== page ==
But for anyone who does use PowerPoint, or another system with similar animation features, Jennifer’s advice has some clever added benefits. Picking spots to animate or highlight will force you to plan a rhetorical path through the information on the slide – those points represent the key landmarks in this chapter of your story. Defining that path can help you distinguish important information from unnecessary details, showing you things that can be left out. (General rule: leave out as much as possible, and then a little bit more.) Animations can also help during your presentation. If, God forbid, you do have a blackout, the next highlight will point you back into the story.
Even so, I would always have a pointer on hand: you may need it for other reasons. Someone may pose a question that requires you to return to a slide and focus on something you haven’t anticipated; you may need to point it out for the rest of the audience. Secondly, something can happen that makes you abandon your original plan. If time gets short you may need to skip things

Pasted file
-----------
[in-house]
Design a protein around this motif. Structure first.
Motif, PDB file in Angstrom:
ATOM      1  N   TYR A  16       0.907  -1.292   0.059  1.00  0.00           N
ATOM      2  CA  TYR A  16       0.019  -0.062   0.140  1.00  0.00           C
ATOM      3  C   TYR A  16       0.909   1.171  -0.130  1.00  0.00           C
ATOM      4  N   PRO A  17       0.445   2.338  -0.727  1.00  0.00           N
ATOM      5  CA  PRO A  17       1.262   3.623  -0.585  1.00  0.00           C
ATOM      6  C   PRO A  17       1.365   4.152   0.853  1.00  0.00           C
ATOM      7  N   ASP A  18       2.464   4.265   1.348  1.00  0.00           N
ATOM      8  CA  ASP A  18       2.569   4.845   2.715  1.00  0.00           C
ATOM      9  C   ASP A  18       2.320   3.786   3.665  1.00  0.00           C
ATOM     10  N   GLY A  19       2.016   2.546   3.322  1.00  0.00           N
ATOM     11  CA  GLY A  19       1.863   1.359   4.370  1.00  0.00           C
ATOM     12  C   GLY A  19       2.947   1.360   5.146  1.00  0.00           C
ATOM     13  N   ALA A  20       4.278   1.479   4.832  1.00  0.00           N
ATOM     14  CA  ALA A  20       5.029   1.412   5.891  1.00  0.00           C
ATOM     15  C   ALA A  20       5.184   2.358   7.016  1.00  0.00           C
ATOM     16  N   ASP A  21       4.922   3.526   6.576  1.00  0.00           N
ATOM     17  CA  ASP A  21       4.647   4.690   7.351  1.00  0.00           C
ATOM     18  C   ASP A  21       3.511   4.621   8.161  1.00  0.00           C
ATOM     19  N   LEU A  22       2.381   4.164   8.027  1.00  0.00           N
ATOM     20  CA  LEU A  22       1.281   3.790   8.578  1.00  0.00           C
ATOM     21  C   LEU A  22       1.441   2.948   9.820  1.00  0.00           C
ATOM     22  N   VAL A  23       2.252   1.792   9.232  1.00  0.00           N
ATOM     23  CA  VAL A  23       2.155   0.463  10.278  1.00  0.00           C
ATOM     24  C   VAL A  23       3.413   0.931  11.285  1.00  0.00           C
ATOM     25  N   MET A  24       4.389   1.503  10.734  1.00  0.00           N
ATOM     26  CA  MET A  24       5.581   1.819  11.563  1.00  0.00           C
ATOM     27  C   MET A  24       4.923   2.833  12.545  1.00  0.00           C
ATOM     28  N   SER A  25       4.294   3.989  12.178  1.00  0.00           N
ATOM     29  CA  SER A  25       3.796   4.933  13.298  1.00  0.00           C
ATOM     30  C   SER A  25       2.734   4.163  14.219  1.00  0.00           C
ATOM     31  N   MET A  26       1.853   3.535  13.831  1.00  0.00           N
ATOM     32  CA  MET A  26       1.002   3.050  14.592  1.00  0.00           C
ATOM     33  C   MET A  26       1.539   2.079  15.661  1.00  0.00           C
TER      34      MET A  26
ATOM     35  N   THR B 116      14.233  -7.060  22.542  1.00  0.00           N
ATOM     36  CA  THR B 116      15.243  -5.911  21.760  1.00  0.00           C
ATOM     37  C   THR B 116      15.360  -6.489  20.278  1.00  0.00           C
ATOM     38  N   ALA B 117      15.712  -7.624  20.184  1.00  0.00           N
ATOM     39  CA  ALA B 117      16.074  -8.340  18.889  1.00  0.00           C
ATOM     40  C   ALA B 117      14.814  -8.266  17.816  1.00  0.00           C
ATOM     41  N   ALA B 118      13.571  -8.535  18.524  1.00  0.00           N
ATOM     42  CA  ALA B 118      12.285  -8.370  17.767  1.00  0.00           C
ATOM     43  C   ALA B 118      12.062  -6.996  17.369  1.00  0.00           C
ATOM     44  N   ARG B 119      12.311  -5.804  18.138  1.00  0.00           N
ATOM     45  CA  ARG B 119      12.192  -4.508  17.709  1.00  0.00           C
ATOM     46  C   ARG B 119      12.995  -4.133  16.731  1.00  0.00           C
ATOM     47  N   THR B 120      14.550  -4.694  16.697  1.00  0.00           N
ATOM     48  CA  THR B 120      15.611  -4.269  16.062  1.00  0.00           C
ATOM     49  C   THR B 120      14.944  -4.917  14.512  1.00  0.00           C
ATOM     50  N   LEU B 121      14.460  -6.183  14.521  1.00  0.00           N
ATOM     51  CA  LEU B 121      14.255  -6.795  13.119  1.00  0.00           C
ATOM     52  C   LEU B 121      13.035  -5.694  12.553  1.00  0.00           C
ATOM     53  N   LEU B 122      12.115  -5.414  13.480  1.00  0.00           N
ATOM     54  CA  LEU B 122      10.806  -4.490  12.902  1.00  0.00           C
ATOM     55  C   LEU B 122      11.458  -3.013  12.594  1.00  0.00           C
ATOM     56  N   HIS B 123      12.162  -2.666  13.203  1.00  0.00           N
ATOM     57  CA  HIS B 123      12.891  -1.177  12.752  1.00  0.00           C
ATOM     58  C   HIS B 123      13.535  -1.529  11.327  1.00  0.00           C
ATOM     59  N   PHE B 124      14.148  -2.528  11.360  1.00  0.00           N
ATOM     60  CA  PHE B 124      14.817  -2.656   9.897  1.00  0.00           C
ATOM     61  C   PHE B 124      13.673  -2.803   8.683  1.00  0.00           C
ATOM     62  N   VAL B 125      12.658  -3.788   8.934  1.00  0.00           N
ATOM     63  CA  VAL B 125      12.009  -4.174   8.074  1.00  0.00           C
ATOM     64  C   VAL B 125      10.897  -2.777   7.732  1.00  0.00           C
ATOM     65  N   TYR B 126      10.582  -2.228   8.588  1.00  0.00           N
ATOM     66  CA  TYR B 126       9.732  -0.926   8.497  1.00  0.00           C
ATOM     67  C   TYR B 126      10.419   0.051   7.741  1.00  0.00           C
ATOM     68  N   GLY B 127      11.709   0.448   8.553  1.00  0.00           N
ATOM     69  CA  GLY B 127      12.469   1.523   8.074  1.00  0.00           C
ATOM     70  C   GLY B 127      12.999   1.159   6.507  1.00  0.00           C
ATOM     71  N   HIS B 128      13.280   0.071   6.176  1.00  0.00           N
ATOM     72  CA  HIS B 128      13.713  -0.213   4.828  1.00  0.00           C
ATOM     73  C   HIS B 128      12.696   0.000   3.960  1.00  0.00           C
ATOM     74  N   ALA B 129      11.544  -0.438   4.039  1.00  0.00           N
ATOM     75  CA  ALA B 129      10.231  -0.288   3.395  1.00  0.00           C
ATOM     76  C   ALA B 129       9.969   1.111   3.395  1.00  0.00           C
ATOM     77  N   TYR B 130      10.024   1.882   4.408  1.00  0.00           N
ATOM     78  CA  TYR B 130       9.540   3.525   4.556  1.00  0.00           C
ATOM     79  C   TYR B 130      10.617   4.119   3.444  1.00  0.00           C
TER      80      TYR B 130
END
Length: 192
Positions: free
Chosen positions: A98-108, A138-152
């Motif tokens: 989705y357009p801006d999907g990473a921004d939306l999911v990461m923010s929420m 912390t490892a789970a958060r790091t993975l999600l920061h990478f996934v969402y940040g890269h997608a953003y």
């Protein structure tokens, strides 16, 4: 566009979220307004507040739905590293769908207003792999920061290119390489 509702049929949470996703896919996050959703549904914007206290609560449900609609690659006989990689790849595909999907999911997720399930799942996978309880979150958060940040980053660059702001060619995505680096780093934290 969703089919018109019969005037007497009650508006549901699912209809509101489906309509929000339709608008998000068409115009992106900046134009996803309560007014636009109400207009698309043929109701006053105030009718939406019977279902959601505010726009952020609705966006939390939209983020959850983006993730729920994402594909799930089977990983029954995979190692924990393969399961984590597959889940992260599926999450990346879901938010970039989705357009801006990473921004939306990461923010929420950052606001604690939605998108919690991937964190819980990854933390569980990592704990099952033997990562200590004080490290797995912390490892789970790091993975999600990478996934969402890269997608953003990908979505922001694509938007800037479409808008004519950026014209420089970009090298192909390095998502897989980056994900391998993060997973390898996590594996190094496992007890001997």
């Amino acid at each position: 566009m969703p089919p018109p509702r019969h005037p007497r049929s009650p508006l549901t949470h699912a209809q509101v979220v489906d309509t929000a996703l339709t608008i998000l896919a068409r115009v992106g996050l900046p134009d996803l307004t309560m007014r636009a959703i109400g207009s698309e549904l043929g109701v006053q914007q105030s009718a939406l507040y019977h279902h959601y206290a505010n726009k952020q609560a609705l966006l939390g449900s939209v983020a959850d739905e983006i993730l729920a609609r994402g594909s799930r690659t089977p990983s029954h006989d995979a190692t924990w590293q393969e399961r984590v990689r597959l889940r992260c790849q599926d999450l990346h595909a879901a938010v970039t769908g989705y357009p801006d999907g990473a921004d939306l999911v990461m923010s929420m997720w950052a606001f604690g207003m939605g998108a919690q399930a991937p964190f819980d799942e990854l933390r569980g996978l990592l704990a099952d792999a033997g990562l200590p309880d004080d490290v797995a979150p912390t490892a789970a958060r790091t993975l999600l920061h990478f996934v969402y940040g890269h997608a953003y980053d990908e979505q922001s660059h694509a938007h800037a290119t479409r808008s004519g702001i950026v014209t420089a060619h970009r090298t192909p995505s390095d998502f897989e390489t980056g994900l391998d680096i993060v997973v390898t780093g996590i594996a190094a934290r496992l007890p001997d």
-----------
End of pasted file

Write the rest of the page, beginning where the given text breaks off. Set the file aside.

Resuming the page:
Suppose, for example, the topic of the last speaker overlaps with yours. You  may want to build a bridge between the talks that you hadn’t anticipated: “The previous speaker addressed this question at the level of the transcriptome. At the level of the proteome, however, we didn’t see any upregulation of pathway components – as you can see here, and here.” (Since the focus of your talk is slightly different, you hadn’t highlighted those particular molecules.)
To 2); I really like Jennifer’s second point about using your wardrobe to cover blushing. That makes great sense.